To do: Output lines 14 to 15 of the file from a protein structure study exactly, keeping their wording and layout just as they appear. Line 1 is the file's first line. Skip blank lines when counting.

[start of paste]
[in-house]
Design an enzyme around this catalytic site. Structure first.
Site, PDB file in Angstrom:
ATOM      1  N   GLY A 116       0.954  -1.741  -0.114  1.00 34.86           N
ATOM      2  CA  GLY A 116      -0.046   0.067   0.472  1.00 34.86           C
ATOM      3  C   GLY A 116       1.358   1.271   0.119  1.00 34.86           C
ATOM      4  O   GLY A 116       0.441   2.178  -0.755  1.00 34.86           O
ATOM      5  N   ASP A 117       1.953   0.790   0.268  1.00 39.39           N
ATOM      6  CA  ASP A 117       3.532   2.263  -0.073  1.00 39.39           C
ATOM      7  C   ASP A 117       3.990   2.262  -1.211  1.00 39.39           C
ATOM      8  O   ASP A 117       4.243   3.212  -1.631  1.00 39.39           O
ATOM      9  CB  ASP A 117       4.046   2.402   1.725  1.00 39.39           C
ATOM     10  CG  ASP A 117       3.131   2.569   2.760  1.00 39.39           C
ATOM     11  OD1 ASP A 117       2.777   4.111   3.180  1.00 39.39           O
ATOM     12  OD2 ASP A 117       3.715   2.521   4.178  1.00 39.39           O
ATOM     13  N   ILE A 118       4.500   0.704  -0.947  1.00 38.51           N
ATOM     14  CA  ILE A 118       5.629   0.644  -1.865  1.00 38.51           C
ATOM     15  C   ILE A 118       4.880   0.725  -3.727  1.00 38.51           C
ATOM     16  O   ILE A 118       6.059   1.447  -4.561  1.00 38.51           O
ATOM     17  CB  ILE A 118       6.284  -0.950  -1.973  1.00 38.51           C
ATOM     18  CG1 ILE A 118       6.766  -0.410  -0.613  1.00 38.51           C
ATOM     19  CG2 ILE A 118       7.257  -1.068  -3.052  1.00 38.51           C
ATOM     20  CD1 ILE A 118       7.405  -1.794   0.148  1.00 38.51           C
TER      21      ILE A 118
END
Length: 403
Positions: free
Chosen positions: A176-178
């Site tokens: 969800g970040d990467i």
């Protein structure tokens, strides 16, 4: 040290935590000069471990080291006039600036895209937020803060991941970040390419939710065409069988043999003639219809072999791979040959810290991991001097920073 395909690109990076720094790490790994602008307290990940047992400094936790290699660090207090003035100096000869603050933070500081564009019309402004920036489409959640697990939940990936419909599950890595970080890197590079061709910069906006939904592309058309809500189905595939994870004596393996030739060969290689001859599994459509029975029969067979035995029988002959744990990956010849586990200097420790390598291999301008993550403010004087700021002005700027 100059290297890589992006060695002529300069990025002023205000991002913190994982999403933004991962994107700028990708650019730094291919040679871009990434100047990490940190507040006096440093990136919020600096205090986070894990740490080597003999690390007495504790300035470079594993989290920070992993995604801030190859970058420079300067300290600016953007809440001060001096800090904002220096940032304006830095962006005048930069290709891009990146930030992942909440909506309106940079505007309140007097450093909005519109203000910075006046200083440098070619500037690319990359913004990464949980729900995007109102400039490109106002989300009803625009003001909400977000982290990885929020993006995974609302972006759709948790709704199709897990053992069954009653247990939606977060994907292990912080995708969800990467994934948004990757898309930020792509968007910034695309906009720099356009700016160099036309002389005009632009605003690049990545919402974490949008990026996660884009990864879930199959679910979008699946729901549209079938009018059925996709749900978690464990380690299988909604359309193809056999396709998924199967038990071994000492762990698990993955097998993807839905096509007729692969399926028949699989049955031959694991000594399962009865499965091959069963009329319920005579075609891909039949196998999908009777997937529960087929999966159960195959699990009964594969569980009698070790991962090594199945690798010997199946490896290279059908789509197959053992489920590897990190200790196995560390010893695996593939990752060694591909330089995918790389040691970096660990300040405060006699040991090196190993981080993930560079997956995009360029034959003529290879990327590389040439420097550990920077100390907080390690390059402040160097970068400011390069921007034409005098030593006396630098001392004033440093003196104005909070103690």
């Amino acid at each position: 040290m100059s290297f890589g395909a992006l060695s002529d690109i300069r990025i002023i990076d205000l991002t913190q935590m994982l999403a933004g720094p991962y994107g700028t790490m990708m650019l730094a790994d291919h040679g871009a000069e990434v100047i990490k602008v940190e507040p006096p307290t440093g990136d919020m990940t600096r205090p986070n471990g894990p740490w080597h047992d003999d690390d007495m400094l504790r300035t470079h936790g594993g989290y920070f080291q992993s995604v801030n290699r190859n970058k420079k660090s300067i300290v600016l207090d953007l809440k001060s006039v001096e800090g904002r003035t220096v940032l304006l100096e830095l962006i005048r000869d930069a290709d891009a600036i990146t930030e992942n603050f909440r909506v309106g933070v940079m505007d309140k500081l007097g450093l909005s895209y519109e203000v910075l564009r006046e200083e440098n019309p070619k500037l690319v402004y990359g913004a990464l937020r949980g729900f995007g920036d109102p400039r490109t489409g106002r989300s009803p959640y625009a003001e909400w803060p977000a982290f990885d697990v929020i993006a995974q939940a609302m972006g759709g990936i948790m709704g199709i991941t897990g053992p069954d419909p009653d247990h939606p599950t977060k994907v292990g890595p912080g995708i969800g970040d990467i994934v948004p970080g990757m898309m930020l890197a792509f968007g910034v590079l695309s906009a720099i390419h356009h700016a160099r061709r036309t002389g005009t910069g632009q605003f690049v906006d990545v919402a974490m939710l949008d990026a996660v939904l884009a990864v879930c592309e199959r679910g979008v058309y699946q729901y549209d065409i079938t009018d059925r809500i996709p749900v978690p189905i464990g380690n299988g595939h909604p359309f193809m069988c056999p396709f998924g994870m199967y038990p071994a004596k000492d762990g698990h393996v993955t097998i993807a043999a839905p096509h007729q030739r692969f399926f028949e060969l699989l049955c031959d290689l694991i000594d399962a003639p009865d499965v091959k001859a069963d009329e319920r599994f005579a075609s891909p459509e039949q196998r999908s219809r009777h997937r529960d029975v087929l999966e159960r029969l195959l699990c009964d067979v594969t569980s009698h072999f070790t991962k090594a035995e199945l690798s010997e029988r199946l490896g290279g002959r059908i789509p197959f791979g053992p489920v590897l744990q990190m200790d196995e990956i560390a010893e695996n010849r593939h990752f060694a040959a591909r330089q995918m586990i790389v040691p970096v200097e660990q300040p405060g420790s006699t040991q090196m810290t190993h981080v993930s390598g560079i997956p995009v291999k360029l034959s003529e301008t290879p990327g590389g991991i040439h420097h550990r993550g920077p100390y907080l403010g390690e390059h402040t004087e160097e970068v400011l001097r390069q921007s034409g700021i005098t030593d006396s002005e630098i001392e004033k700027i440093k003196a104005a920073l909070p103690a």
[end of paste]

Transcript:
ATOM     11  OD1 ASP A 117       2.777   4.111   3.180  1.00 39.39           O
ATOM     12  OD2 ASP A 117       3.715   2.521   4.178  1.00 39.39           O